Yes, a last will and testament document must be notarized in Louisiana and is not valid without a notary certification.
If you wish to disinherit your marriage partner, it will most probably be unfeasible. Louisiana is a community property state (sometimes also called marital property). Half of all properties and assets (including arrears) of one spouse belong to another and remain such after divorce.
Well, before getting married to someone, you can also conclude a prenuptial agreement with your partner. It will allow you to redefine the way the community property will be allocated upon divorce or your demise. It is perhaps the sole plausible way to disinherit your spouse or limit her or his share. But, there’s also something called “marital portion,” which ensures the surviving spouse gets one-fourth of the testator’s estate if the testator died “rich.”
For any other members, it’s legal in Louisiana to disinherit them in your last will. Include disinheritance sections where you clearly state your intentions and attach a letter with some explanations to be sure there’s no misunderstanding.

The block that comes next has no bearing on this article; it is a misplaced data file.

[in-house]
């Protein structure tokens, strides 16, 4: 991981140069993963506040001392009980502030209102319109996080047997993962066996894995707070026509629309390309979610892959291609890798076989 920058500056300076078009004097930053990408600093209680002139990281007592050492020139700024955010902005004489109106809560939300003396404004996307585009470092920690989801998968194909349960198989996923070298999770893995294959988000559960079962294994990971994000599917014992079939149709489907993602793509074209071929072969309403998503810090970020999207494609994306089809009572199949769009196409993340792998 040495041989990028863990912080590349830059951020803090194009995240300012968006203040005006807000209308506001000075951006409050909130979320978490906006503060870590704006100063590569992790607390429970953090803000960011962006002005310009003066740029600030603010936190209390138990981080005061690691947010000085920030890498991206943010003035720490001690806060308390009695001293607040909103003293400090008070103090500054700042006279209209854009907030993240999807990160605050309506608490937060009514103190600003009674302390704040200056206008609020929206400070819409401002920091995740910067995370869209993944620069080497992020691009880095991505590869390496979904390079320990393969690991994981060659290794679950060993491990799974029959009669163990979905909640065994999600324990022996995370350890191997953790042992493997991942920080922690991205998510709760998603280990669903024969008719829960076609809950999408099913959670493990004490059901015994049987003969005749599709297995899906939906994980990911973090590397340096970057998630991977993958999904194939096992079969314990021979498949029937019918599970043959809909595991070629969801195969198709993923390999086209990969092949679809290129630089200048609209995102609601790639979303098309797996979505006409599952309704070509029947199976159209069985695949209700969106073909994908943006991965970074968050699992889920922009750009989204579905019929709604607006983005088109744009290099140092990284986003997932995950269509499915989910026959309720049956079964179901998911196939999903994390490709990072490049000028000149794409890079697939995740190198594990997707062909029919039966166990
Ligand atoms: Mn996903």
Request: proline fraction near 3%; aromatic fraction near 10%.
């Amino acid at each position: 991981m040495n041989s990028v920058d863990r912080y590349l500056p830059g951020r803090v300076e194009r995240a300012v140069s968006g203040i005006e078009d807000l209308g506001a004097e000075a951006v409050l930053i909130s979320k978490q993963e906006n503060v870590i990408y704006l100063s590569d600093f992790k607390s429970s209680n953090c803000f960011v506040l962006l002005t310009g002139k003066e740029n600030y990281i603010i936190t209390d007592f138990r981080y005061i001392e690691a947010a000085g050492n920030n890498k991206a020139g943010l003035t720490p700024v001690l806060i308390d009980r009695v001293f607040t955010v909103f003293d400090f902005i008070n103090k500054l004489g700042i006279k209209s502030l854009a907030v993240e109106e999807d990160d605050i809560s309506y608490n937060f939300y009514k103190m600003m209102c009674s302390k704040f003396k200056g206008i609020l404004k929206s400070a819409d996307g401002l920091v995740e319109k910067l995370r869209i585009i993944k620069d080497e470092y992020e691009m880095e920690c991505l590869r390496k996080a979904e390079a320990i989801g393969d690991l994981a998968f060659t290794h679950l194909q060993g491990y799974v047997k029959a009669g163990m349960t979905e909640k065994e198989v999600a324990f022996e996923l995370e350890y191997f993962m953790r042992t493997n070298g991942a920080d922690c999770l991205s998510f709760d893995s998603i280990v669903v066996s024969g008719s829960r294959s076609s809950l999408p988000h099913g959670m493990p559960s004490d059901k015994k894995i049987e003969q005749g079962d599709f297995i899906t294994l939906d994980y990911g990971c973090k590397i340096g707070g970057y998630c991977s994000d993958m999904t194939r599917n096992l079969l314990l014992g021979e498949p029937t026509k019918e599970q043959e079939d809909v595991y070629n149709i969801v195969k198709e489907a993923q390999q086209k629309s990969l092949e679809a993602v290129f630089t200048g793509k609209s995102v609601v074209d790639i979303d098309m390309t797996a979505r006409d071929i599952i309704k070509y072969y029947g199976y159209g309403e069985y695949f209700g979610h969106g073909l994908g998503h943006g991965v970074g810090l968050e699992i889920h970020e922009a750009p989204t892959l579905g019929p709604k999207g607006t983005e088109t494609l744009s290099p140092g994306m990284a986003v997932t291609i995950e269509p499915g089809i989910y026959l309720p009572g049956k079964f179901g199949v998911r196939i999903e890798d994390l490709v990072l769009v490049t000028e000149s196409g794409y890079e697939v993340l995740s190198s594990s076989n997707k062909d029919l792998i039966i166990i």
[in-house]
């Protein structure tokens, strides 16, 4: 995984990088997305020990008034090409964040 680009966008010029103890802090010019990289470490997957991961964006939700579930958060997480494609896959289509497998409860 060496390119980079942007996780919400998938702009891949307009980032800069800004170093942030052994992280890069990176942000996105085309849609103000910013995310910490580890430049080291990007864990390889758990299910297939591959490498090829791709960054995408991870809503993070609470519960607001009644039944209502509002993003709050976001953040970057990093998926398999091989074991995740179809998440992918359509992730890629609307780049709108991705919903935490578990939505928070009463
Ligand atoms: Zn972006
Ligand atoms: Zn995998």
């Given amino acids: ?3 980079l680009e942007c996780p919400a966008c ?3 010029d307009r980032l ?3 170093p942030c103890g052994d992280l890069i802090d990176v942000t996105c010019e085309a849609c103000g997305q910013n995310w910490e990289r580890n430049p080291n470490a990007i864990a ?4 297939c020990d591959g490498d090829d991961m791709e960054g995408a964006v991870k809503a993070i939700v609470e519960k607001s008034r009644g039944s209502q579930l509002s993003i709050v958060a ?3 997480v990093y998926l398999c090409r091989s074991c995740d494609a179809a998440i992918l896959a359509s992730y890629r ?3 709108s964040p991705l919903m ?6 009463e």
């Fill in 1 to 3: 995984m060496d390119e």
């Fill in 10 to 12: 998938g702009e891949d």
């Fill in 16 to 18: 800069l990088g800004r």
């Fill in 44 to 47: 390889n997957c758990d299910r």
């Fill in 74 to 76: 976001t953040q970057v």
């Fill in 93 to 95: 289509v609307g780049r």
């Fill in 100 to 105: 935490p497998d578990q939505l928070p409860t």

There is a legal presumption that the original last will was destroyed and that the testator meant to revoke it if there is no will to show it to the probate court. This presumption cannot be disproved with just a copy of the will. It must be proven in the court that:
To avoid such a case, it is possible to register a will (Will Registration Form).
Louisiana Estate Code, namely Section 2:1578-1580.1, makes it possible for another person to sign your will just per your directive and in your presence.
|Related documents||Times when you might want to have one|
|Codicil||You want to slightly modify your last will without writing a new document from scratch.|
|Self-proving affidavit||You want to steer clear of possible complications in the probate court.|
|Living will||You would like to indicate precisely what health care you expect if you can’t communicate that yourself.|
|Living trust||You want to skip probate by placing your assets in a trust.|